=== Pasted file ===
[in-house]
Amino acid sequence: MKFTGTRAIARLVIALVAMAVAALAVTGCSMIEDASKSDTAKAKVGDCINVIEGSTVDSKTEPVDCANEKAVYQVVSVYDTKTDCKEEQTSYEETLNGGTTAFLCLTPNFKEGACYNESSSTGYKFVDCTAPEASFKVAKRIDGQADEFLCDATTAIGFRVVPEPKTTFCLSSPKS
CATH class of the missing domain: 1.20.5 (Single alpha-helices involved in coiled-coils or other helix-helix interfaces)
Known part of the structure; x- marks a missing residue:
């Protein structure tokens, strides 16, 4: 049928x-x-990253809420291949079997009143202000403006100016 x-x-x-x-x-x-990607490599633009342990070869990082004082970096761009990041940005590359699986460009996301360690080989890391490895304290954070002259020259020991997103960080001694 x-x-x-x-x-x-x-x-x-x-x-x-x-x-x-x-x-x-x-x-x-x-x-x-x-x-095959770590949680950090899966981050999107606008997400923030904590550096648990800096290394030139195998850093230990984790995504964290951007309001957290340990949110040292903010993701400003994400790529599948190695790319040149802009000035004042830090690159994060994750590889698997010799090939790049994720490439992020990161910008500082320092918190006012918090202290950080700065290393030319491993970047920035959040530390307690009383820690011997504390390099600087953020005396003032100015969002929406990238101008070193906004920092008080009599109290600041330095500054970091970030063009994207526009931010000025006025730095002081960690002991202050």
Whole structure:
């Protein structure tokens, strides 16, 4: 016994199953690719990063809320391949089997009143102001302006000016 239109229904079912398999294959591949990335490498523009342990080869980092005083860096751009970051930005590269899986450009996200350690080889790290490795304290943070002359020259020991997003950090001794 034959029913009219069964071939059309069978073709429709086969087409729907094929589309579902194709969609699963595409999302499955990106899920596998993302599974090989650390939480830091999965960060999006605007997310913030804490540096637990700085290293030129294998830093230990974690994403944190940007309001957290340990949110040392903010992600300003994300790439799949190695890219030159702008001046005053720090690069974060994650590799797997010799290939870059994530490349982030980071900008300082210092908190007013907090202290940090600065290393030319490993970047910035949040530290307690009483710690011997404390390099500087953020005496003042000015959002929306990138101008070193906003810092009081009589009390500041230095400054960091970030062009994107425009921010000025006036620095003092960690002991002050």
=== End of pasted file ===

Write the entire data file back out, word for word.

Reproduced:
[in-house]
Amino acid sequence: MKFTGTRAIARLVIALVAMAVAALAVTGCSMIEDASKSDTAKAKVGDCINVIEGSTVDSKTEPVDCANEKAVYQVVSVYDTKTDCKEEQTSYEETLNGGTTAFLCLTPNFKEGACYNESSSTGYKFVDCTAPEASFKVAKRIDGQADEFLCDATTAIGFRVVPEPKTTFCLSSPKS
CATH class of the missing domain: 1.20.5 (Single alpha-helices involved in coiled-coils or other helix-helix interfaces)
Known part of the structure; x- marks a missing residue:
């Protein structure tokens, strides 16, 4: 049928x-x-990253809420291949079997009143202000403006100016 x-x-x-x-x-x-990607490599633009342990070869990082004082970096761009990041940005590359699986460009996301360690080989890391490895304290954070002259020259020991997103960080001694 x-x-x-x-x-x-x-x-x-x-x-x-x-x-x-x-x-x-x-x-x-x-x-x-x-x-095959770590949680950090899966981050999107606008997400923030904590550096648990800096290394030139195998850093230990984790995504964290951007309001957290340990949110040292903010993701400003994400790529599948190695790319040149802009000035004042830090690159994060994750590889698997010799090939790049994720490439992020990161910008500082320092918190006012918090202290950080700065290393030319491993970047920035959040530390307690009383820690011997504390390099600087953020005396003032100015969002929406990238101008070193906004920092008080009599109290600041330095500054970091970030063009994207526009931010000025006025730095002081960690002991202050």
Whole structure:
């Protein structure tokens, strides 16, 4: 016994199953690719990063809320391949089997009143102001302006000016 239109229904079912398999294959591949990335490498523009342990080869980092005083860096751009970051930005590269899986450009996200350690080889790290490795304290943070002359020259020991997003950090001794 034959029913009219069964071939059309069978073709429709086969087409729907094929589309579902194709969609699963595409999302499955990106899920596998993302599974090989650390939480830091999965960060999006605007997310913030804490540096637990700085290293030129294998830093230990974690994403944190940007309001957290340990949110040392903010992600300003994300790439799949190695890219030159702008001046005053720090690069974060994650590799797997010799290939870059994530490349982030980071900008300082210092908190007013907090202290940090600065290393030319490993970047910035949040530290307690009483710690011997404390390099500087953020005496003042000015959002929306990138101008070193906003810092009081009589009390500041230095400054960091970030062009994107425009921010000025006036620095003092960690002991002050």